Can We Save The Monarch Butterfly?
Everyone is on the bandwagon to help save the Monarch. And rightly so – though there are Monarchs elsewhere, our North American Monarch is the only one in the world that is a mighty migrator. It seems everything about our Monarch is unique from the Mexican winter roosting sites to migration.
I applaud everyone who has planted a butterfly garden and especially planting milkweed. I am not being pessimistic because I do feel every concerned person planting with intent to help these butterflies is awesome. But, I think we need to realistically look at this multifaceted issue and really concentrate our efforts to maximize our results. This amazing creature is almost at the point of no return according to the latest population studies. Since the mid 1990’s, 90% of the Monarchs have vanished. We do not have too many chances left to get it right.
Before I give recommendations to help rally the Monarch, we need to look at its unique biology and life cycle to fully appreciate all the natural and man made obstacles facing this winged wonder.
Let’s look at egg and caterpillar survival rates in the wild. Over the course of her lifetime a female Monarch will lay up to 500 eggs. Usually monarch survival is much higher in captivity than the wild, where the predators and other factors result in the death of 90% of the eggs laid by the female. It is absolutely staggering to analyze all the limiting factors. Climate effects eggs where in very dry conditions eggs will not hatch. The presence of aphids also plays a role in survivor rates where a few aphids on the host plant do not hurt the monarchs. Many aphids are tended by ants, and the ants will kill monarch larvae. Therefore, aphids have an indirect negative effect on the monarchs.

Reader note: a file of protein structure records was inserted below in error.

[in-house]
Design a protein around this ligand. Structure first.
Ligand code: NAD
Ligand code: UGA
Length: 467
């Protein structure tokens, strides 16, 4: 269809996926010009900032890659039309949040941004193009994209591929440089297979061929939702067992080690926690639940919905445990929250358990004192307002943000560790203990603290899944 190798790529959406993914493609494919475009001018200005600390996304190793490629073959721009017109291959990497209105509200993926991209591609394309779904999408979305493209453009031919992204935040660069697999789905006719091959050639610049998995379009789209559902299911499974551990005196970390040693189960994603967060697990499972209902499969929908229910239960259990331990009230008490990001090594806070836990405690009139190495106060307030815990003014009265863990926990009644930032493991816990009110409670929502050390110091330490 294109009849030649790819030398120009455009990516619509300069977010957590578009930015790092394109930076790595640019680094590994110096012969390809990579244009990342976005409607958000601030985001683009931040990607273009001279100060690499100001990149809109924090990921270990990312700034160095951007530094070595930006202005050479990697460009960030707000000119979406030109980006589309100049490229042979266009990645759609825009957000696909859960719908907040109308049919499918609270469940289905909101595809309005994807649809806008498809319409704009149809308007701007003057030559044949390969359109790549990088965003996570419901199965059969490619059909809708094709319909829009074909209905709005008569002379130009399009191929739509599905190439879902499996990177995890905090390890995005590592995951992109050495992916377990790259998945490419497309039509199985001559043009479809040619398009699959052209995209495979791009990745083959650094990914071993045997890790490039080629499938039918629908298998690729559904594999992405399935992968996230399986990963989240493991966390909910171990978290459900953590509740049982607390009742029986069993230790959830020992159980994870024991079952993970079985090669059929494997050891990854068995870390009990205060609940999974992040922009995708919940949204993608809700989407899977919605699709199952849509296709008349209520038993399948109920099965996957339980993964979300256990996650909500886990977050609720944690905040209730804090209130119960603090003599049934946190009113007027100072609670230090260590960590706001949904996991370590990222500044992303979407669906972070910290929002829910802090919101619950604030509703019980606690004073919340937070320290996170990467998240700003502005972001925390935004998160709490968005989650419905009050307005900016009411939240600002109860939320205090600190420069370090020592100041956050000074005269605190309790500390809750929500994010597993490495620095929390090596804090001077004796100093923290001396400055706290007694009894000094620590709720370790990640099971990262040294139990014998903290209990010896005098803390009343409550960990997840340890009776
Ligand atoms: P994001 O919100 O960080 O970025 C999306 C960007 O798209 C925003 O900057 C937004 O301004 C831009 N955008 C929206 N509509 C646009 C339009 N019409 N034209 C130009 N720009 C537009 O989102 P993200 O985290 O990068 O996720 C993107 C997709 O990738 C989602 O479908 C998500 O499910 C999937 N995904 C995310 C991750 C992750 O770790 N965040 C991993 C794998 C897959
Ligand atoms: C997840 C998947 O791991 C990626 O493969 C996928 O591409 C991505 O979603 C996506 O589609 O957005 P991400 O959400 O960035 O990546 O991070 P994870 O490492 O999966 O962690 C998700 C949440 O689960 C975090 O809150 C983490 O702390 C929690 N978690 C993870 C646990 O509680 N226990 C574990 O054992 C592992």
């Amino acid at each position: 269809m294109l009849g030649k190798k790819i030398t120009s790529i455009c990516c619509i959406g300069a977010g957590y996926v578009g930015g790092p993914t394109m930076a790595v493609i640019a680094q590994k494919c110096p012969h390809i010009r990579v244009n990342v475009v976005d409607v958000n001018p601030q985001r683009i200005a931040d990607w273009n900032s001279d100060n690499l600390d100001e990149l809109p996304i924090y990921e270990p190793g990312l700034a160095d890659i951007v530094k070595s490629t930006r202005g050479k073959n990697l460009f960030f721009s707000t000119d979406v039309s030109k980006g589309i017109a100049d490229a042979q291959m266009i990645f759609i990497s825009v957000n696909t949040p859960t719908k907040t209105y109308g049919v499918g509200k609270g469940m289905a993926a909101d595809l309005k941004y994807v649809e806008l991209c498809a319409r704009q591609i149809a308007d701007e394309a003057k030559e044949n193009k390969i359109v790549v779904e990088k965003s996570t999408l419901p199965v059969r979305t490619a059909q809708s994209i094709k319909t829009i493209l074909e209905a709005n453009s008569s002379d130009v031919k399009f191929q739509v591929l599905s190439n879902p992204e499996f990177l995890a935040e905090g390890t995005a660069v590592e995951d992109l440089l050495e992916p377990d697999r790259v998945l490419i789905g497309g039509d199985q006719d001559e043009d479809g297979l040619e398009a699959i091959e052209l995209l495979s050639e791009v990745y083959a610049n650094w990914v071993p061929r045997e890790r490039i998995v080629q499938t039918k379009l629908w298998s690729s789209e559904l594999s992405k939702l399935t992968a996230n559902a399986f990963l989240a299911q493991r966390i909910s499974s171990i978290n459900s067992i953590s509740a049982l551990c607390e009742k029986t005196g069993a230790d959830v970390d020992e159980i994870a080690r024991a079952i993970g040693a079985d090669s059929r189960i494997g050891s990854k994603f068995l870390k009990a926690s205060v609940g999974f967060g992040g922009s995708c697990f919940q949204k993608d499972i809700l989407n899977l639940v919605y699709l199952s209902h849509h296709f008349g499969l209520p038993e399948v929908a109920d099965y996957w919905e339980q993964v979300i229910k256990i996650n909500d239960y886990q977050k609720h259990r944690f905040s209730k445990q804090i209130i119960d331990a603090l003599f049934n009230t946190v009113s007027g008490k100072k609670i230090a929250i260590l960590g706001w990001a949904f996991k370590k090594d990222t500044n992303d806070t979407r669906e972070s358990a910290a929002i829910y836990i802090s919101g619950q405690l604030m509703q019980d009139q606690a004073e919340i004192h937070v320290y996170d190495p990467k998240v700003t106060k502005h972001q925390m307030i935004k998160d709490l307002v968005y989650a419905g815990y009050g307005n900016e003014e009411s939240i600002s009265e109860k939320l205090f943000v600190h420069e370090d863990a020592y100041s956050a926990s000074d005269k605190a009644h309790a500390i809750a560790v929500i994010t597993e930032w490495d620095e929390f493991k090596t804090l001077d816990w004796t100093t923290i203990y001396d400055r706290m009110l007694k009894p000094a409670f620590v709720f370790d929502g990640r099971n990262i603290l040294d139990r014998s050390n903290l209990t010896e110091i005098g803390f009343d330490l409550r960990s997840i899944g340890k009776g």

By large, predators, parasites and diseases have relatively small effects on monarch numbers. The main cause of the wide fluctuations appears to be the weather. Winter storms kill millions of butterflies in their winter roosting sites while summer droughts in their breeding grounds limit the amount of milkweed and nectar. Even simple rain storms account for the fatality of 70% of the eggs.
There is absolutely no doubt that the caterpillar host plant, milkweed, plays an important role to the survival rate of caterpillars. How? Chemicals from the milkweed plant make the caterpillars flesh distasteful to most animals. Due to the thick, white sap containing a lethal brew of heart poisons (cardenolides) which produce vomiting in low doses and death in higher ones. Caterpillars have also developed eating strategies concerning milkweed where, apparently, the caterpillars eat younger leaves that have more cardenolides than older leaves. Caterpillars pinch the stem of a leaf with their jaws before nibbling on the actual leaf.
For all the odds stacked against monarch caterpillars maturing to breeding butterflies, they have developed an interesting feeding behaviour/strategy. At a sign of danger, usually leaf vibration caused by the landing of a bird, the caterpillar immediately curls up and drops to the ground playing possum in the tall weeds and grasses. Here is the interesting dilemma – the caterpillars have ill equipped sense organs to find milkweed at a distance. They have a well developed sense of taste but must actually come into contact with milkweed before they can identify it. Remember, the caterpillar must get back onto a milkweed plant or starve. That is why the female butterfly, while egg laying, chooses to deposit her eggs on milkweed growing in clumps rather than solitary plants growing far apart. This increases the caterpillars survival rate by allowing a fallen caterpillar to get back up on a milkweed quickly.